Daviess County Parks and Recreation has announced the dedication of the Jesse Jones cabin, which was restored and relocated to Yellow Creek Park, is set for June 1.
The public is invited to join Daviess County Judge-Executive Al Mattingly and County commissioners for the all-day event at James Lambert Pioneer Village, with the cabin’s official dedication set for 2 p.m. using a 1680 British 4-pound cannon with cannoneer.
According to local historian Sue Berry, Revolutionary War soldier James Jones, at the time in his 60s, relocated his family to Daviess County from Salisbury, N.C. by wagon in 1823. Jones, the patriarch of the family, had 17 children, most of which made the move to Kentucky. Jones’ wife did not survive the trip, so when the family settled and built a cabin at what is now 5245 Jones Rd., Jones lived with his son, Jesse Jones, the namesake of the cabin.
When James died in 1851 at the age of 91, he left 150 descendents. Now 168 years later, James’ great-great-great-granddaughters, Berry and Ruth Harrison, are playing a significant role in the dedication of their ancestor’s home.
“We are extremely excited that they were able to make this come to life,” said Daviess County Parks and Recreation Director Ross Leigh. “This is five generations tied to this structure. To be able to have so much regarding that cabin is almost unparalleled.”
According to Leigh, the guest of honor for the day will be Harrison, who at 92 years old is the last known descendant of Jones to live in the cabin. Harrison’s personal accounts and the stories she remembers from family have helped Berry in documenting the history of the cabin. Harrison was even able to provide pictures of her grandmother in front of cabin from 1896. It is this first-account knowledge that will play a big part of the dedication this summer.
“Ruth is going to sit in a rocker on the front porch of her cabin where she was born and talk about her grandmother and the stories her dad shared with her about his past generations,” Leigh said. “It’s probably as close to any kind of Revolutionary War history tied to this area.”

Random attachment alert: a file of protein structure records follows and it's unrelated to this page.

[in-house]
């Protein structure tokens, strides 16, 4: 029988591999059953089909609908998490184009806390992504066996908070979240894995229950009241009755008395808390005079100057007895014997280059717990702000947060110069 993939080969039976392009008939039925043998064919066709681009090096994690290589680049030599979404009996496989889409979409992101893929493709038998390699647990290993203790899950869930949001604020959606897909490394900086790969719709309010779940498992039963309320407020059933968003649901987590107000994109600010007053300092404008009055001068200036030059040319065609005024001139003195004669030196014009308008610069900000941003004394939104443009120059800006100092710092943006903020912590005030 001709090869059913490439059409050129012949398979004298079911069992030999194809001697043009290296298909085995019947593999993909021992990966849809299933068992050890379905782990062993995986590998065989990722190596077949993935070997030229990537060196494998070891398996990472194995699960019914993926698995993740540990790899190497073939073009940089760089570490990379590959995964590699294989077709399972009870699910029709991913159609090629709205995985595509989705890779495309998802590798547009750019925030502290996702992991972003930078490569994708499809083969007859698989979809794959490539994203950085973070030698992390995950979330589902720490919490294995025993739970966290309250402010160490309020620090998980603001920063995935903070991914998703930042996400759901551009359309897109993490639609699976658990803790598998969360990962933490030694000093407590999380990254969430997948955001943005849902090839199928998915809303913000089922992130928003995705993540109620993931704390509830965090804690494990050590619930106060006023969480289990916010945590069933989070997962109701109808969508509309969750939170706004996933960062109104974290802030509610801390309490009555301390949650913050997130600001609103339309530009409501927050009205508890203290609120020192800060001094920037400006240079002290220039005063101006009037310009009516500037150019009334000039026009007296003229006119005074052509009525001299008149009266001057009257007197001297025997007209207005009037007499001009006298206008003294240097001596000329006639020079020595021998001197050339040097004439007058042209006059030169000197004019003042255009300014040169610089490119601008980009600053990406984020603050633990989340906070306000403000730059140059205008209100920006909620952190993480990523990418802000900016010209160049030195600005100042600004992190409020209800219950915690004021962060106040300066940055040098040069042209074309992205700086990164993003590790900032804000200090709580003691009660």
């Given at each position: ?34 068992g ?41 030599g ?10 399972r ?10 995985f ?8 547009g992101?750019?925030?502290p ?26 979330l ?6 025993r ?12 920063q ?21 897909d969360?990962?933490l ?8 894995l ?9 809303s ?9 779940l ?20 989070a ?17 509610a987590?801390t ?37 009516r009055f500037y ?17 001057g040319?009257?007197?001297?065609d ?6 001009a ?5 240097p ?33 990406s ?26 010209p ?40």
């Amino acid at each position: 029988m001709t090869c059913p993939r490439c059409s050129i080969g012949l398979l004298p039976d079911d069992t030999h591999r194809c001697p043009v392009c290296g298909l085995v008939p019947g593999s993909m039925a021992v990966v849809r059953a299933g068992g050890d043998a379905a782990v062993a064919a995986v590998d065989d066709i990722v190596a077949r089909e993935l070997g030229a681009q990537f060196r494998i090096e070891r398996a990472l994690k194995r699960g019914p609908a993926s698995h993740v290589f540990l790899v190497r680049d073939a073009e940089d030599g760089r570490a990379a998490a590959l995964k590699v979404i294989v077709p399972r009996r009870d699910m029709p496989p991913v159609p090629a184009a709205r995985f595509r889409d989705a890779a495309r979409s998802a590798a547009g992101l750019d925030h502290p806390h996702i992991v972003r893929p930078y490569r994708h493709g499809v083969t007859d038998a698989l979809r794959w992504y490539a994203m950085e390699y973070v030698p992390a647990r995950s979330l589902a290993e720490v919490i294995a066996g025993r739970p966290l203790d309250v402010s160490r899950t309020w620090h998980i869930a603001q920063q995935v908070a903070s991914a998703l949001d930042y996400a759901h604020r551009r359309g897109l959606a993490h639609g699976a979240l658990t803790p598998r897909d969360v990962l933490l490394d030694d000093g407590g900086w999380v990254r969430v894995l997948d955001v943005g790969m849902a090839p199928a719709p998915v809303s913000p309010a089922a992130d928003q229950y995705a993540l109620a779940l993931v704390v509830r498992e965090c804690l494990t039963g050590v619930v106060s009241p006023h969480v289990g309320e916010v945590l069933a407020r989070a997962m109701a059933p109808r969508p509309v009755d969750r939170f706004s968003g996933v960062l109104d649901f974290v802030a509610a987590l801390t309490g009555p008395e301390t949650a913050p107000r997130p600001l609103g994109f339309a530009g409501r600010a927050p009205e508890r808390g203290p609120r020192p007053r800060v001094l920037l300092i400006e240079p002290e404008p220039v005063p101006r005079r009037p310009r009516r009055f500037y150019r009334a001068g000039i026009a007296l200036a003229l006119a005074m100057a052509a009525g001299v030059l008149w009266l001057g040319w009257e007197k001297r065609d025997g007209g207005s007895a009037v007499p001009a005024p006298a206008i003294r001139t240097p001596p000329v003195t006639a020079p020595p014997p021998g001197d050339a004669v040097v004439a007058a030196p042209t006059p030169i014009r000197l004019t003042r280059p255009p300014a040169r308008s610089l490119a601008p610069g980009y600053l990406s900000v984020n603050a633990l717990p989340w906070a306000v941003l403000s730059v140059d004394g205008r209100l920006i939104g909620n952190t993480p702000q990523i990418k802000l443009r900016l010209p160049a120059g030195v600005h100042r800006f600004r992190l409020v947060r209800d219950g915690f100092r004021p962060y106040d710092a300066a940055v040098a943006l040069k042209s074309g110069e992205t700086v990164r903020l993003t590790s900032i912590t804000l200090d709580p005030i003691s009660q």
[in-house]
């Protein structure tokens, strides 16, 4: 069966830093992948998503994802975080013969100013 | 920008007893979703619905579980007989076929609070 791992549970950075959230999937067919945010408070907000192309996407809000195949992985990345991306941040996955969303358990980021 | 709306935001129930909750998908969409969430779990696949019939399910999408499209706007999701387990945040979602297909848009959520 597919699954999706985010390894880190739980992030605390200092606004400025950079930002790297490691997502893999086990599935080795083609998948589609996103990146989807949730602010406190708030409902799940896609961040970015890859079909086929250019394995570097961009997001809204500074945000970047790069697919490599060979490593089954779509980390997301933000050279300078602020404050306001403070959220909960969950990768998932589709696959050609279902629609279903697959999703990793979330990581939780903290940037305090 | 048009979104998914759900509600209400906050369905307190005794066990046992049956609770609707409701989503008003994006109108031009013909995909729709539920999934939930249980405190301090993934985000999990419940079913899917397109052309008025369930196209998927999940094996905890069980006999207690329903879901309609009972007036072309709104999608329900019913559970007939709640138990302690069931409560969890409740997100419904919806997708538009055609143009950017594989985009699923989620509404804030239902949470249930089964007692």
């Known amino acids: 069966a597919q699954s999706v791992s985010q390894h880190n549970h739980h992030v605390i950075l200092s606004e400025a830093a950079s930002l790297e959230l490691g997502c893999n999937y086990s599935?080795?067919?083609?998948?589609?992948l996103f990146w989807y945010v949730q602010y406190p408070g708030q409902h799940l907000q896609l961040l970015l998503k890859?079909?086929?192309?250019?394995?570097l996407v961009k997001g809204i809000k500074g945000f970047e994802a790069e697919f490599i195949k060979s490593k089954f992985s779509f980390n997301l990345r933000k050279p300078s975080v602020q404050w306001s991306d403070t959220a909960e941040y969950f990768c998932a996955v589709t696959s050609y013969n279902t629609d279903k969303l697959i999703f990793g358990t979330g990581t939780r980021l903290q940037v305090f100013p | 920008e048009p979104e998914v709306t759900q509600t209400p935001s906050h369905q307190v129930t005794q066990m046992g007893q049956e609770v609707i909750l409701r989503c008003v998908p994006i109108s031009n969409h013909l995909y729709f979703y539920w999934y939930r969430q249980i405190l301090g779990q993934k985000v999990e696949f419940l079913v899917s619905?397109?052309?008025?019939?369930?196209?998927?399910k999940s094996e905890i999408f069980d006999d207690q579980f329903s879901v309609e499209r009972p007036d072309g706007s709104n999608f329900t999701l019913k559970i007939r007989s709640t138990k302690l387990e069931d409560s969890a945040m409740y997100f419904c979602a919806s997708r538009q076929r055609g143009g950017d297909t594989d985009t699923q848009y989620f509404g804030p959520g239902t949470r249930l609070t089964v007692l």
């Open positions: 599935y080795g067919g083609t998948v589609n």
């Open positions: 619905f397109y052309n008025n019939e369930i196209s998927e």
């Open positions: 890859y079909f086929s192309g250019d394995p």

Berry explained that the dedication events will actually begin on Friday, May 31 at South Hampton Baptist Church, when she will lead a walking tour of the historic part of cemetery, where a lot of Jones descendents are buried.
The following day, events include historical exhibits like basket and soap making demonstrations, beekeeper exhibits, herb society examples, antique bicycles and educational booths hosted by the Whitesville Historical Society and the General Evan Shelby Chapter of the Daughters of the American Revolution.
After the dedication, guests can enjoy Pioneer Village music, including the “homecoming” of a fiddle owned by Washington Jones a descendant of James. The fiddle now resides in California, but will be making the trip to Kentucky with another Jones descendent.
Harrison and her first cousin, Ed Jones of Virginia, donated items that will be on display at the Owensboro Museum of Science and History for that weekend. Harrison’s items are also currently on display at Fern Terrace where she lives and will remain viewable to the public until the time of the dedication.
Leigh said none of the other cabins in James Lambert Pioneer Village come with the history like the Jones home, and nothing has been added to the Yellow Creek Park exhibit for 12 years.
“We are so happy as descendants that it can be preserved,” Berry said. “Not only the cabin, but also the stories.”